Former Maryland Congresswoman Connie Morella, a beloved Republican in a deep-blue district praised for her bipartisan spirit, was honored Wednesday with a community hero award by Big Train baseball, a Bethesda-based collegiate team that feeds into the pros.
Former Maryland Congresswoman Connie Morella, a Republican in a deep-blue district praised for her bipartisan spirit, was honored Wednesday with a community hero award by Big Train baseball, a Bethesda-based collegiate team that feeds into the pros.
“Connie Morella is the very model of a servant leader. As a teacher, state legislator, Member of Congress, and Ambassador, Connie has represented the highest standard of what we seek in our public officials. As a longtime Bethesda resident, she was the most obvious of choices to be named a Bethesda Big Train Community Hero,” said Bruce Adams, founder of the Bethesda Big Train baseball team.
Morella received her award before Big Train’s final season home game against the DC Grays at an invitation-only birthday party at Shirley Povich Field in Cabin John Regional Park. The event was planned by three Democrats: Adams, Peggy Engel, an author and journalist and Susan Heltemes, a well-known Democratic activist in Maryland politics.
“Connie Morella is a jewel in the crown of Montgomery County,” Heltemes said. “She is supportive of many organizations and helps to better the community she’s engaged in. There is already a library named after her. She is just amazing.”
A popular Republican viewed as a moderate, Morella represented Montgomery County from 1987 to 2003, after serving eight years as a House delegate. She said she would have won a 9th term in Congress if it wasn’t for redistricting, which was controlled by Democrats at the time.
Morella is known largely for her role in supporting women’s issues, her work with then-Sen. Joe Biden on the Violence Against Women Act, being the prime bill sponsor of the Martin Luther King Memorial and her involvement in local issues. She has worked with the Montgomery County Family Justice Center, a shelter and support agency for battered women, the Olney Theatre, Imagination Stage and the Big Train baseball team. But there are many more initiatives she’s touched.
“Since 1980 I voted always for Connie Morella. My mother put postage stamps on her campaign envelopes,” said Bethesda resident Saideh Gensheimer, a lifelong Democrat. “She is great for women, regardless of the party. I stayed with her. She’s the only Republican I’ve ever voted for.”
“We need more Connie Morella’s,” said Bob Metz, a Rockville Republican.
“Boy, I can’t speak highly enough of her,” said Blair High School student Cal Tobias. Morella helped him with a school project on gerrymandering, he said.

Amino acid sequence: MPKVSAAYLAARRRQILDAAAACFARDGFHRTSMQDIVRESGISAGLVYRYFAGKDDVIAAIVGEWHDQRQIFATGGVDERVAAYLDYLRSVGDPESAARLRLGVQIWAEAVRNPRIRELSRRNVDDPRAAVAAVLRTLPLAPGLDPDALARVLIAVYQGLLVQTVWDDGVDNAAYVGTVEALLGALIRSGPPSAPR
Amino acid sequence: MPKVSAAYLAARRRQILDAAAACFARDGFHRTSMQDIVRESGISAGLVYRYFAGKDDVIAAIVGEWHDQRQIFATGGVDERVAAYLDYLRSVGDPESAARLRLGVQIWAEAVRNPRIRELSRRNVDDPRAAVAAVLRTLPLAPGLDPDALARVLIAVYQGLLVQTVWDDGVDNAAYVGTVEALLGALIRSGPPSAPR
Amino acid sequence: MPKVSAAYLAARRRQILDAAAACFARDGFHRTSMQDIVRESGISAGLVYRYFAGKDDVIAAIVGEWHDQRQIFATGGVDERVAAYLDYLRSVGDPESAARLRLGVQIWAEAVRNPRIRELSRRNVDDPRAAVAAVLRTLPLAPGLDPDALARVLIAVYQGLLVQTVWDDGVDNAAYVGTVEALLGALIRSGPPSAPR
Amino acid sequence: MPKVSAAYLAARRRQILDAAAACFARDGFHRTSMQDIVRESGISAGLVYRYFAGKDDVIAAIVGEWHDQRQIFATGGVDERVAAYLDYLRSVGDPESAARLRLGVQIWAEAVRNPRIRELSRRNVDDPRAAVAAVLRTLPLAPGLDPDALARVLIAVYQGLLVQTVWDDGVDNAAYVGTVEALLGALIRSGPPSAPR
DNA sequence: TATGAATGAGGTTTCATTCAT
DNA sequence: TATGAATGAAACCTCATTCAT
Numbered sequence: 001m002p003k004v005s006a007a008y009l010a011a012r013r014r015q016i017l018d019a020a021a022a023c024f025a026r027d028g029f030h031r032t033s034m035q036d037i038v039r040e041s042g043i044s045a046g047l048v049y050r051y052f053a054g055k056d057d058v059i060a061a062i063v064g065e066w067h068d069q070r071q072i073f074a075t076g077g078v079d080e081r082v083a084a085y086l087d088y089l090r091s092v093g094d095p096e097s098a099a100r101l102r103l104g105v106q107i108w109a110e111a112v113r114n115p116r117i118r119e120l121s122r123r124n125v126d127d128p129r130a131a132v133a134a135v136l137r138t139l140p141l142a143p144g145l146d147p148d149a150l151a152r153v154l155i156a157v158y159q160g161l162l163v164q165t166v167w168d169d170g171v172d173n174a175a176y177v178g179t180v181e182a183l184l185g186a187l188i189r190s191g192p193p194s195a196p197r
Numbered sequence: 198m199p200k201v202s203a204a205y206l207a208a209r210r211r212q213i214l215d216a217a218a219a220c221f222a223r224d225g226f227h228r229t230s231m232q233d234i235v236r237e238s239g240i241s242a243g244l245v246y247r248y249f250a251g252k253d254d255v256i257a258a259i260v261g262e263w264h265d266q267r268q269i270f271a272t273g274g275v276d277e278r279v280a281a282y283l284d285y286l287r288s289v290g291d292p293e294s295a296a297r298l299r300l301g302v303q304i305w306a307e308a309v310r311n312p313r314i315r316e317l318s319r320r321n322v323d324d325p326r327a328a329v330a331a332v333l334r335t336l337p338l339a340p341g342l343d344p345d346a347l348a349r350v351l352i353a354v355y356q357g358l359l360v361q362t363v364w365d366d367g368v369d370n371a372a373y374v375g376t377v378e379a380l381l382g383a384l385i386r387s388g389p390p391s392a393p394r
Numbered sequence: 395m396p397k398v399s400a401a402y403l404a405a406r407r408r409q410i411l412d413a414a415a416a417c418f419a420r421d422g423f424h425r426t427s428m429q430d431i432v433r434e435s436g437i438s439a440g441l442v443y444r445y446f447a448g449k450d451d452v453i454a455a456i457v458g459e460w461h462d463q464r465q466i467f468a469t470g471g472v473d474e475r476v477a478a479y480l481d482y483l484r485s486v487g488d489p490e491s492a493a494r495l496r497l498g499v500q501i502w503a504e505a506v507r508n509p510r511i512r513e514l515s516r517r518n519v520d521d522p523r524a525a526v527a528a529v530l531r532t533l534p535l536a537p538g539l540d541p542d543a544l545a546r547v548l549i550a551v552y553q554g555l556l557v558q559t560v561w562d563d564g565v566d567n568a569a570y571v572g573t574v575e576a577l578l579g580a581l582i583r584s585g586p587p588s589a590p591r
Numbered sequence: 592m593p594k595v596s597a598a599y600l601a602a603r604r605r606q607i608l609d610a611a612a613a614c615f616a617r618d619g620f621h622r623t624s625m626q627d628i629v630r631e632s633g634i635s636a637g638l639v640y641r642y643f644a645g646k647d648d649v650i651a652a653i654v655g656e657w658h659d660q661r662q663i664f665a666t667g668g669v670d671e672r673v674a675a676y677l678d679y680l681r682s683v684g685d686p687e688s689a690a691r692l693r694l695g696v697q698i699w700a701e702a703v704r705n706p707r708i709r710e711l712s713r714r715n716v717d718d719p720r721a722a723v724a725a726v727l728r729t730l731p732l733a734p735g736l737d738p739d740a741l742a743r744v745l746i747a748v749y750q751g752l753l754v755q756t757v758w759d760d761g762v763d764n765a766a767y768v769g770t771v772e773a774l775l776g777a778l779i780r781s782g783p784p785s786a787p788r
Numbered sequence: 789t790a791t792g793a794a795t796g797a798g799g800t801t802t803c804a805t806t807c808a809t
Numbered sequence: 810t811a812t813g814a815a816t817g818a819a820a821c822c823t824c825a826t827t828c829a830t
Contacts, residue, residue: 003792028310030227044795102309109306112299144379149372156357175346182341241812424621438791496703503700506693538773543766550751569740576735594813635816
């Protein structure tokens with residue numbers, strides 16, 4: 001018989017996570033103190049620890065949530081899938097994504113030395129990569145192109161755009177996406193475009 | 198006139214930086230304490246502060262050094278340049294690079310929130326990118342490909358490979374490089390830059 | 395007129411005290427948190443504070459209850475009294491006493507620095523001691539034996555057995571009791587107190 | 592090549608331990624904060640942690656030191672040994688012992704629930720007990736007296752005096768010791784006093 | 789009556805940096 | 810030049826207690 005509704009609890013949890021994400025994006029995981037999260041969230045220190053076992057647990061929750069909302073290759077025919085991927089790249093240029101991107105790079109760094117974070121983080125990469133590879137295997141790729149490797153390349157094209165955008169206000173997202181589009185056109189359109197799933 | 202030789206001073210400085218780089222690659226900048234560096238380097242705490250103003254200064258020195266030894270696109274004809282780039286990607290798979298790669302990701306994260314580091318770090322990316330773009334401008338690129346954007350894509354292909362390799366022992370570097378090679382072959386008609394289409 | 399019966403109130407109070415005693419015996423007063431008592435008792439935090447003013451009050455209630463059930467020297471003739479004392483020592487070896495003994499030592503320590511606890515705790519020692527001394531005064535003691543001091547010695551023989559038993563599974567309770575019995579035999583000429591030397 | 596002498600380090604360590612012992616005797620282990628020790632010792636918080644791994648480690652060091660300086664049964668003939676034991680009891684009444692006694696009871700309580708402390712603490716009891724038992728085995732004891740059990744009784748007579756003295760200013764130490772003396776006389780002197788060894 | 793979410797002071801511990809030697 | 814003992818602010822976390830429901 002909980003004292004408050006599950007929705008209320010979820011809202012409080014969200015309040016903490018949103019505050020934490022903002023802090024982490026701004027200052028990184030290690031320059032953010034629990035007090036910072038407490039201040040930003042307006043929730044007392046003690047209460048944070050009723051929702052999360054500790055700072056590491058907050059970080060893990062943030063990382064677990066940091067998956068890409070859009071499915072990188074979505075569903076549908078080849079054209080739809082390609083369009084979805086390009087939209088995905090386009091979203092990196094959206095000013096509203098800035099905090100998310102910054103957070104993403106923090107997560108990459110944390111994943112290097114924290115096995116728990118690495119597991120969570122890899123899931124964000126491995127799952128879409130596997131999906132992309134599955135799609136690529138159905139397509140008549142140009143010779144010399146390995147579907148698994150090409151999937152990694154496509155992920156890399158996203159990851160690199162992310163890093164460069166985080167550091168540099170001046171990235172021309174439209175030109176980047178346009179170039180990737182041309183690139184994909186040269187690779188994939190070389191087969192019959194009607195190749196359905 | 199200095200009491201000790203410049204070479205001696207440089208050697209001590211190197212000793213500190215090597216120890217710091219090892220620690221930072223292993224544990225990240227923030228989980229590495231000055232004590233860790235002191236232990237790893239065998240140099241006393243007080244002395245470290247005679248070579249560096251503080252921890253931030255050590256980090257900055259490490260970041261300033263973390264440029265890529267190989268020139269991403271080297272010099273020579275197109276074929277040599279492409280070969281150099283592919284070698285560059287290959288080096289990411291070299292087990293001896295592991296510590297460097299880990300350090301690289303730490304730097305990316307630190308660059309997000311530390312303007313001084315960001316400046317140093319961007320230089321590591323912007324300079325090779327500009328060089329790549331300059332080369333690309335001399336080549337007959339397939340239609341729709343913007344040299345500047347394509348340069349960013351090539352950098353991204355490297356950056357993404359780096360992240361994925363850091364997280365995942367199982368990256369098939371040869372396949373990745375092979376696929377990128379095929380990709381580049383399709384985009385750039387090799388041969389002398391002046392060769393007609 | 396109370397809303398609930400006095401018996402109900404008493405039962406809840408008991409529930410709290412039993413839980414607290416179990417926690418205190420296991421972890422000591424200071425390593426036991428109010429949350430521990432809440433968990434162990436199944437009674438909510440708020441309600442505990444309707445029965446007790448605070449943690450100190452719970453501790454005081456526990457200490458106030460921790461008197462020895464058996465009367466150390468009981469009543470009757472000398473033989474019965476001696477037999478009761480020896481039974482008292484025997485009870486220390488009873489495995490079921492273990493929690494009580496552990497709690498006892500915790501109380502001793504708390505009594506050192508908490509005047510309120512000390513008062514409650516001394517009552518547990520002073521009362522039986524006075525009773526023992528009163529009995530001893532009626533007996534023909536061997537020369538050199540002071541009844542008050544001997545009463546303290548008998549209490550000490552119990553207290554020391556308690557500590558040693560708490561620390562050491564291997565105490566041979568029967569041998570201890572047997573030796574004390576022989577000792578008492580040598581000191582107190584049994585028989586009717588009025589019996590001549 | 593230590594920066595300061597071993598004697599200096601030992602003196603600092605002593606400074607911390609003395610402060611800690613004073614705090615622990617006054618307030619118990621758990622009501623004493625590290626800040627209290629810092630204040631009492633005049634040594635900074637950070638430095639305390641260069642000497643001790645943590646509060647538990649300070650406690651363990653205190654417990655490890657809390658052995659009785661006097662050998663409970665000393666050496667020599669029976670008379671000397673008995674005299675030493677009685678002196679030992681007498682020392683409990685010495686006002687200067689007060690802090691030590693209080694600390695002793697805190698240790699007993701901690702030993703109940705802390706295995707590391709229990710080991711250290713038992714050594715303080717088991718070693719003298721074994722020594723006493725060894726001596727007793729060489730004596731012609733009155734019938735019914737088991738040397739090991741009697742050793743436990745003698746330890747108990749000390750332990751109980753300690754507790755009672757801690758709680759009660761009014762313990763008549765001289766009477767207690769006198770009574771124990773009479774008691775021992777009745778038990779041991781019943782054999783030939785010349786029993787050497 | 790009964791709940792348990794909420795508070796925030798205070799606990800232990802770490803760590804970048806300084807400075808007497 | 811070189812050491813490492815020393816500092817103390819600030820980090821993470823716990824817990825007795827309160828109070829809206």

Former Virginia Republican Congressman Tom Davis, who served four terms with Morella, said her style of politics hearkens back to an era of bipartisanship when “politics was not as combative and divisive as it is today.”
All were in attendance for Morella’s 90th birthday party.
“When you are representing a constituency in Congress, you are representing them for the issues for what makes our country and the community better,” Morella said in an interview with WTOP a day before her award. “Therefore, there’s not one correct way, and so I have always believed in the concept of compromise, listen, learn and lead. And you’ve got to listen. I always say we have two ears to listen and only one mouth, so we should listen even more, and then learn.
“So one of the things I would do when I would introduce legislation, I would plan to go and get Democrats to join me in support, to make the [bill] bipartisan. Democrats did the same with me. I was on so much bipartisan legislation. And that’s how we got things done. So I’ve always believed in that. I think one of the reasons that I did well and was able to represent this wonderful sparkling district is that I did go to town meetings, I did listen to what people wanted. I may not have agreed with them, or they may not have agreed with me 100% of the time, but probably 75% to 80% they did, and they trusted me. So it’s a matter of earning trust and respect from the people you represent.”
When asked if she thought that now-President Joe Biden will be bipartisan in his presidency, Morella said she thinks he will try.
“I think he’s trying now,” she said, adding that she supported him in the 2020 election.
“It’s not easy, because within his own party, he’s got enormous divisions,” Morella said. “I think the the greatest crucible that we face in the future is polarization. But the polarization even within parties, and the polarization that has emanated into groups of people, even neighbors neighborhoods, so we have got to do something to to change that, to show people they may have different ideas, but we can work together.”
Morella also responded to rumors that Gov. Larry Hogan, another popular Republican figure in Maryland, may run for U.S. Senate against Sen. Chris Van Hollen.
“I have great respect for Governor Hogan. Matter of fact, I knew his father and he was a man of great courage. And his son certainly has demonstrated that, that courage and conviction,” she said. “I think he will do well in whatever he does, and I know he wants to continue Public Service. I mean, it’s gotten into his blood. He likes it, he’s doing a good job, and he knows is much more to be done. So I don’t know where his his path will go, what journey he will take, I’m not sure he knows either. And, you know, both would be daunting, but I know that there will be public service that he will engage in and pursue. And I I am a Governor Hogan supporter. I’ve seen what he has proven that he could do.”
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